TAIPEI (Taiwan News) – In late August, Business Today held a “Green Life Festival” (自綠生活節) at POPOP Taipei near Nangang Station. Among the guests at the event was Ray Chen (陳瑞和), the general manager of the Chung Hwa Pulp Corporation (中華紙漿).
Chung Hwa Pulp is committed to reducing its carbon footprint by investing in reforestation initiatives and designing efficient paper products that are both sustainable and 100% recyclable.
The company’s activities began more than 50 years ago at the Hualien plant, which is still in operation, as well as at two newer plants in Jiutang and Taitung. As times have changed, the company has become more aware of the risks associated with climate change.
In response, the company decided to focus on reforestation projects to balance the carbon emissions created by its factories. According to Business Today, Chen said the company’s average annual carbon output before 2018 was around 900,000 tons.
Chung Hwa Pulp general manager Ray Chen speaking at the Green Life Festival (pictured Business Today)
Thanks to the company’s forest of more than 30,000 hectares, these emissions have been offset by around 300,000 tonnes. By continuing to invest in reforestation projects, Chung Hwa Pulp hopes to achieve net carbon neutrality by 2050.
In addition to minimizing its carbon footprint, the company also aims to design paper containers that are durable enough to be reused, but also capable of being easily recycled. In Taiwan, despite a high recycling rate, many paper products contain a plastic coating, which makes them difficult to sort and reprocess.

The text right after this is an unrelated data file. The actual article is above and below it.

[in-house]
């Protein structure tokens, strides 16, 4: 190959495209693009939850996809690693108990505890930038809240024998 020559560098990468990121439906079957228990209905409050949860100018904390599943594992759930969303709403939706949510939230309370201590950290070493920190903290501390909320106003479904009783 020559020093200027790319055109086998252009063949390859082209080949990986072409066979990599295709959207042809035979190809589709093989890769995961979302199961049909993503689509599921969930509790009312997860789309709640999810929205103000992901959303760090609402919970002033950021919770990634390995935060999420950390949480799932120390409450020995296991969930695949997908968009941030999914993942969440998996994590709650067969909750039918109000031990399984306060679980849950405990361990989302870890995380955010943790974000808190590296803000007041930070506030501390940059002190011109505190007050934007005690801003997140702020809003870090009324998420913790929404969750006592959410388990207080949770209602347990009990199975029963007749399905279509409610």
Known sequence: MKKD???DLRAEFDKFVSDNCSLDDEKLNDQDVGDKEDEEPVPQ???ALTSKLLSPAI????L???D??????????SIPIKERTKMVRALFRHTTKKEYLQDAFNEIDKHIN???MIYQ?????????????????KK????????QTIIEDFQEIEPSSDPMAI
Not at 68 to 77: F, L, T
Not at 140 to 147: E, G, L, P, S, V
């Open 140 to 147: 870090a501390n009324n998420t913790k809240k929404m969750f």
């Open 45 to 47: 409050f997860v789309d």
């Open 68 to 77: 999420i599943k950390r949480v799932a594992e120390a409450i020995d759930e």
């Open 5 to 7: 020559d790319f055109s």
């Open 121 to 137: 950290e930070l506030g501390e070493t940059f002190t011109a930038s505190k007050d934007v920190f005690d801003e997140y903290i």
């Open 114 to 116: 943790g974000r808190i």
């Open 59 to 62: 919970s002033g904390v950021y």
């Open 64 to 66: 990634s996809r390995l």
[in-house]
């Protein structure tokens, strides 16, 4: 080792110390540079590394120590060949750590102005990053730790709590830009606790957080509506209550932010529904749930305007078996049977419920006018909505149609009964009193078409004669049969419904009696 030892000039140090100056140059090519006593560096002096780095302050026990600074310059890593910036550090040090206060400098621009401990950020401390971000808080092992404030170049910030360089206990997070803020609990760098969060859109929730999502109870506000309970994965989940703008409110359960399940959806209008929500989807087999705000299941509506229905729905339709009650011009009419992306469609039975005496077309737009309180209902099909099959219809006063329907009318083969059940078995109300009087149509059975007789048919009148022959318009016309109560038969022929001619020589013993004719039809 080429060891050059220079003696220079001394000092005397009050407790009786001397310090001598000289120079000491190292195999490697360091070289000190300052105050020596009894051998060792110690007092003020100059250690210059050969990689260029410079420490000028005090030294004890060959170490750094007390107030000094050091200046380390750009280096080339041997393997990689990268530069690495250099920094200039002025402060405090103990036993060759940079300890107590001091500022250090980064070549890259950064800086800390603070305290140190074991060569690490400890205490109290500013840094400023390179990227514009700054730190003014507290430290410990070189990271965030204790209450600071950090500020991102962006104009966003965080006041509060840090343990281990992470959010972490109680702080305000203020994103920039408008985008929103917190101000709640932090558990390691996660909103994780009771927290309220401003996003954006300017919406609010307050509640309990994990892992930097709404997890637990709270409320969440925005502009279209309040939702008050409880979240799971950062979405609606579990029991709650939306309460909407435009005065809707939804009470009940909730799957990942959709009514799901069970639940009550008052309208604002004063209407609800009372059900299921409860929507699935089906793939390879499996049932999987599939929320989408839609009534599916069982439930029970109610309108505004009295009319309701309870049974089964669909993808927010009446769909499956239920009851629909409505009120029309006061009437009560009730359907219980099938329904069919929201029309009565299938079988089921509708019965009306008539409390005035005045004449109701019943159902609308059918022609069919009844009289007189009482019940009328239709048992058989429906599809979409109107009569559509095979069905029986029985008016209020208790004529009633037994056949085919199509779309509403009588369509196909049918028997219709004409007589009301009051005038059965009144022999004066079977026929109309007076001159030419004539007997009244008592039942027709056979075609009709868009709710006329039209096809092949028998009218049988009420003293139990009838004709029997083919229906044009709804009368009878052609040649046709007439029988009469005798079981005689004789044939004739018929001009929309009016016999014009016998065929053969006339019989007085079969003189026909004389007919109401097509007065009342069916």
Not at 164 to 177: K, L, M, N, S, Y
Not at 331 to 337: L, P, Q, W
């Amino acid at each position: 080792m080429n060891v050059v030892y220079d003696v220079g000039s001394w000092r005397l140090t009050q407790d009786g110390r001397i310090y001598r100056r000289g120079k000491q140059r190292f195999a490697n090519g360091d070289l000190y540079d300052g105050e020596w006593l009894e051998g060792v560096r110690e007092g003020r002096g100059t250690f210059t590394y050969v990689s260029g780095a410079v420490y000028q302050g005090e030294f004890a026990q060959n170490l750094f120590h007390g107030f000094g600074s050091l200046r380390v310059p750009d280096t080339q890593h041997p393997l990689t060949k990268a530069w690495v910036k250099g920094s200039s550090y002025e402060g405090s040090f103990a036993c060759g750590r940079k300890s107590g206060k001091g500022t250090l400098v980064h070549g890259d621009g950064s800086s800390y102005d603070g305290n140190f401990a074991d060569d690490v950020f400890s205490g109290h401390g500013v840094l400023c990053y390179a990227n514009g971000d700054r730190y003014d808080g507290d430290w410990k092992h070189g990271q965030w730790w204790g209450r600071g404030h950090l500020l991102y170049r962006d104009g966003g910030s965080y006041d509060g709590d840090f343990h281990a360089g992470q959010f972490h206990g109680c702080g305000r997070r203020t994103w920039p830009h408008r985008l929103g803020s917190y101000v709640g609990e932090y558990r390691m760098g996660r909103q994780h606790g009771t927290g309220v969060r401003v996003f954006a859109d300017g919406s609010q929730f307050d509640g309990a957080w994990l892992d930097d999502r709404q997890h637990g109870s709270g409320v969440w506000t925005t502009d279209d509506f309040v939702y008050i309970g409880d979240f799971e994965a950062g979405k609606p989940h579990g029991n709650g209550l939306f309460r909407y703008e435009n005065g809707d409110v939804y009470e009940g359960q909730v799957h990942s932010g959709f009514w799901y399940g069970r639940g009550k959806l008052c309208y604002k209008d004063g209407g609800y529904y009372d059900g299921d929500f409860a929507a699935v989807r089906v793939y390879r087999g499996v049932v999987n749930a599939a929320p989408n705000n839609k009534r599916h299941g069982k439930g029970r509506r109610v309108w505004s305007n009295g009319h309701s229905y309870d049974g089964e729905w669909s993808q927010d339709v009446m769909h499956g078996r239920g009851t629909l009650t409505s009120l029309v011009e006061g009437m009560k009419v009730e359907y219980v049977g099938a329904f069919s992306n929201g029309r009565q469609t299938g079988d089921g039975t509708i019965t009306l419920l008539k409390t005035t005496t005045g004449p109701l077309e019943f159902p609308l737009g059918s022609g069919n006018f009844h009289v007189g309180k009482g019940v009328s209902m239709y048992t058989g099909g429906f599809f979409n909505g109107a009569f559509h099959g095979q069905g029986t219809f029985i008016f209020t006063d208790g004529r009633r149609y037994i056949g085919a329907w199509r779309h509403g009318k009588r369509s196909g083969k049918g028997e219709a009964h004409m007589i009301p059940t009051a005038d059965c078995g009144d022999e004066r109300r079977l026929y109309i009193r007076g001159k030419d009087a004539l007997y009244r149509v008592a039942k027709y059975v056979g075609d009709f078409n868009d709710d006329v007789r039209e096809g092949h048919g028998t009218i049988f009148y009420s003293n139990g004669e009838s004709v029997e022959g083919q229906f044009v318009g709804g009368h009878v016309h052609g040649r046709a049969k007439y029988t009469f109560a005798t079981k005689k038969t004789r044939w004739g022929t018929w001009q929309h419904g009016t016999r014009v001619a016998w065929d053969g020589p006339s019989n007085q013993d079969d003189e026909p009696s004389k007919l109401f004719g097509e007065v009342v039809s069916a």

Chung Hwa Pulp recognized this problem and sought to create a product that was more efficient and better suited to the recycling process.
The result was “CircuWell” (益利), a line of fully recyclable paper food packaging products that avoid the use of plastic elements while maintaining high durability to hold many types of food substances. The absence of plastic coating reduces the time and cost of sorting and reprocessing in recycling facilities.
Chung Hwa Pulp paper products on display (photo Chung Hwa Pulp)
Ray Chen explained that the reason paper containers are still durable, despite the plastic liner, has to do with a treatment process that can tightly layer the nanofibers into the plant’s cellulose. These fibers are transparent, printable, conductive and even stronger than some plastic coatings. Many industries are just beginning to realize the potential future applications of these durable, printable nanofibers, according to Chen.
Chung Hwa Pulp recognizes the importance of sustainability and carbon neutrality in an industry that must commit to protecting the world’s forests.
Chung Hwa Pulp hopes that with smarter packaging, the paper recycling business can be significantly improved, thereby extending the life and usability of each tree’s pulp. This will in turn reduce the rate at which trees are felled due to the demand for new paper packaging products.
Note: This article is sponsored by Business Today, a partner of Taiwan News.